Permalink to this page: https://cwiki.apache.org/confluence/x/eColBg
Table of Contents
|Table of Contents|
Monitoring of a running Tomcat instance can be done in several ways, but observing a Tomcat instance via JMX beans will give you the best information available through standard interfaces (i.e. JMX). You can find information about connecting to Tomcat via JMX in the Tomcat Users' Guide. Rather than repeating that information here (which is mostly about configuration, connection, etc.), please go read the official documentation.
Similar to the
HeapMemoryUsage MXBean described above, this one will give you information about the "
PermGen" heap generation. Depending upon your garbage collection and other memory settings, you might have different MXBeans under
java.lang:type=MemoryPool with different names. You should inspect each one to determine if they would be useful for you to inspect.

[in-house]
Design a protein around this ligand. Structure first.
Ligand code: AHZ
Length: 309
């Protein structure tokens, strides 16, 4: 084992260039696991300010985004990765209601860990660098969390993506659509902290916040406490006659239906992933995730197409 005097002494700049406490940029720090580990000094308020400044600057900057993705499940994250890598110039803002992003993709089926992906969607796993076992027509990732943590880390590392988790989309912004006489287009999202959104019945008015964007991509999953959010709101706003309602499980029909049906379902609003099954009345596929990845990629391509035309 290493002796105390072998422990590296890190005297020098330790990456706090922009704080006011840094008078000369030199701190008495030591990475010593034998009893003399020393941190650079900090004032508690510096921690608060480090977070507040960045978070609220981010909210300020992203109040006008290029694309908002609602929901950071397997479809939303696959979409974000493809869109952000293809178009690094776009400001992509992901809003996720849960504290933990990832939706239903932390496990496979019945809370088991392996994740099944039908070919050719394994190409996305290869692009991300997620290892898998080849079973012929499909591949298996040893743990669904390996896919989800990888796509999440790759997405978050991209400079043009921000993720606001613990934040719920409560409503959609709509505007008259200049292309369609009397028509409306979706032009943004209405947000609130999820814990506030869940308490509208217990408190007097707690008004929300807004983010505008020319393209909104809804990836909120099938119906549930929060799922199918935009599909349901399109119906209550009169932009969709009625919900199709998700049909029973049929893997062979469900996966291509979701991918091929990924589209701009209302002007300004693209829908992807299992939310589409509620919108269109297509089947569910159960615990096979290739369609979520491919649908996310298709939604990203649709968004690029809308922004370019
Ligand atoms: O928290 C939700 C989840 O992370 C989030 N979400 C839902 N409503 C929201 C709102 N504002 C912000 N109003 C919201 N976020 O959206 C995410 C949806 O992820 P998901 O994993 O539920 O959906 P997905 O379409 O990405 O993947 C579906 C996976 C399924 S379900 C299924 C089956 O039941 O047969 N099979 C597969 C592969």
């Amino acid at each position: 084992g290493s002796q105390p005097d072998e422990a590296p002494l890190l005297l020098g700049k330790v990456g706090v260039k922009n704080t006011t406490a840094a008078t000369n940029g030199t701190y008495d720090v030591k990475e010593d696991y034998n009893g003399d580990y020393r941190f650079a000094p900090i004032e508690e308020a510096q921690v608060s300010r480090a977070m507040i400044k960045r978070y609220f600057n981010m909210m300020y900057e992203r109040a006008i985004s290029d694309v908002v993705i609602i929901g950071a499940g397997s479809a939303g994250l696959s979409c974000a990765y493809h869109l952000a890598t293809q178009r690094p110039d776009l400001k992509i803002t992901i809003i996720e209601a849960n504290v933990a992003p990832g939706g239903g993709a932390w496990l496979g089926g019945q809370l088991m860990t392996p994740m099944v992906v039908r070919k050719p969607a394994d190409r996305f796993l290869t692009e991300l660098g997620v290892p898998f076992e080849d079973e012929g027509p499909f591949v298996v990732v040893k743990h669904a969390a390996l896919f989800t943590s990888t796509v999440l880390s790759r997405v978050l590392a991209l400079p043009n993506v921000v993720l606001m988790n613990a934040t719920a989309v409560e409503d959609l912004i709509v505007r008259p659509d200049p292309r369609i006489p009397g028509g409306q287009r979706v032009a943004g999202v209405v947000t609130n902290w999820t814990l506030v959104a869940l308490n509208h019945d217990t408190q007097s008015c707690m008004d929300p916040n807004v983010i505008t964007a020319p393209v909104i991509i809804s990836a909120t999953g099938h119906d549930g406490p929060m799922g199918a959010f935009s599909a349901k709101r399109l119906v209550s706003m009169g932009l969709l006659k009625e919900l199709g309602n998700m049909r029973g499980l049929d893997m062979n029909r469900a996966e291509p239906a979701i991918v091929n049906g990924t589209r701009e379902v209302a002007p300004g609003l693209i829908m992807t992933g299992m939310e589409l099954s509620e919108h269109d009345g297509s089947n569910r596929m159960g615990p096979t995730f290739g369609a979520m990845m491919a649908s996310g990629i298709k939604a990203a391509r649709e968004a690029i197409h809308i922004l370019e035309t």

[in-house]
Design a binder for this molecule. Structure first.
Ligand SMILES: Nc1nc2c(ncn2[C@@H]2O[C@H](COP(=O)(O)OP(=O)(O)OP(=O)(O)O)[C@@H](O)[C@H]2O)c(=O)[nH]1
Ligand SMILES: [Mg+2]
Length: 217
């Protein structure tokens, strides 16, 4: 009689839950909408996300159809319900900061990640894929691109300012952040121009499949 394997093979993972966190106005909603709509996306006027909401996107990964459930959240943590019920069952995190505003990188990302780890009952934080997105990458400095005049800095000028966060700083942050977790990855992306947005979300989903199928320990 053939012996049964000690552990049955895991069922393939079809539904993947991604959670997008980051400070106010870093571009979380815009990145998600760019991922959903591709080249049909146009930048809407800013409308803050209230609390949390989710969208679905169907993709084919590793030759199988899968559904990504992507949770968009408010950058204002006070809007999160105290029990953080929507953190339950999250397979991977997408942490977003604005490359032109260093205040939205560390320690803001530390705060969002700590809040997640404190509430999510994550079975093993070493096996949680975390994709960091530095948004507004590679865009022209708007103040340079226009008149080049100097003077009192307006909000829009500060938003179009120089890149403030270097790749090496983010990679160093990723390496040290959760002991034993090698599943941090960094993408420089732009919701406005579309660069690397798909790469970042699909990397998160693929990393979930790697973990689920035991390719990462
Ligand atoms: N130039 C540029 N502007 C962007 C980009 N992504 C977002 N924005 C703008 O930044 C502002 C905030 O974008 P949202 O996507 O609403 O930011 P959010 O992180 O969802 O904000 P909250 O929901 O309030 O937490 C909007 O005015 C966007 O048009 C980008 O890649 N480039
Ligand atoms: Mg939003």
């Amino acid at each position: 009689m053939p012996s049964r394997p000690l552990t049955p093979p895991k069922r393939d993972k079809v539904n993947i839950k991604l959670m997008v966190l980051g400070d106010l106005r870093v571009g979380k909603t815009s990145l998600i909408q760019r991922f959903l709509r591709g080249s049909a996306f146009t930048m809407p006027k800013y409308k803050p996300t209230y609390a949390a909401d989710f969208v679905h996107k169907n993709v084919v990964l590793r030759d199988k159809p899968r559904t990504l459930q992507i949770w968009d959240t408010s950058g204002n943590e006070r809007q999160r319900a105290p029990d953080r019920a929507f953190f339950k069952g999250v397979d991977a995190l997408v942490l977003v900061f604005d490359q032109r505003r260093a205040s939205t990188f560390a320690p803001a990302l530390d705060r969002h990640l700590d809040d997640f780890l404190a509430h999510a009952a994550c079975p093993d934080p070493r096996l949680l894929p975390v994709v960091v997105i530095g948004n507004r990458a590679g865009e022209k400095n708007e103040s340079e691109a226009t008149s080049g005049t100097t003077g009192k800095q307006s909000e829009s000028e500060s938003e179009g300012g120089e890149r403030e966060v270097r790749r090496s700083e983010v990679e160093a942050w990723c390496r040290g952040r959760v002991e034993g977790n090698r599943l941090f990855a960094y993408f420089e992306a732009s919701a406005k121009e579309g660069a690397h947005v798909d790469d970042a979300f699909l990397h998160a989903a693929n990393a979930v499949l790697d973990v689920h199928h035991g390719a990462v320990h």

These JMX bean names are accurate for the current version of Tomcat 7 (7.0.37 at the time of this writing). If you are using a different version of Tomcat, you may have to adjust the names of the beans identified on this page.
Not using an Executor
Catalina:type=DataSource,context=[context name],host=[hostname],class=javax.sql.DataSource,name="[JNDI name]"
Another way to watch a Tomcat application is to use an external monitoring tool.
MoSKito, is an open source solution by Anotheria, is a multi-purpose, non-invasive, interval-based monitoring system kit that collects, stores and provides instant analysis of a Tomcat application’s performance and behavior data.
Other plug-in-based monitoring software like Nagios or Icinga may need some help interacting with Tomcat's JMXProxyServlet. tools/check_jmxproxy.pl is a Perl script that can be used with these tools to monitor Tomcat via the JMXProxyServlet.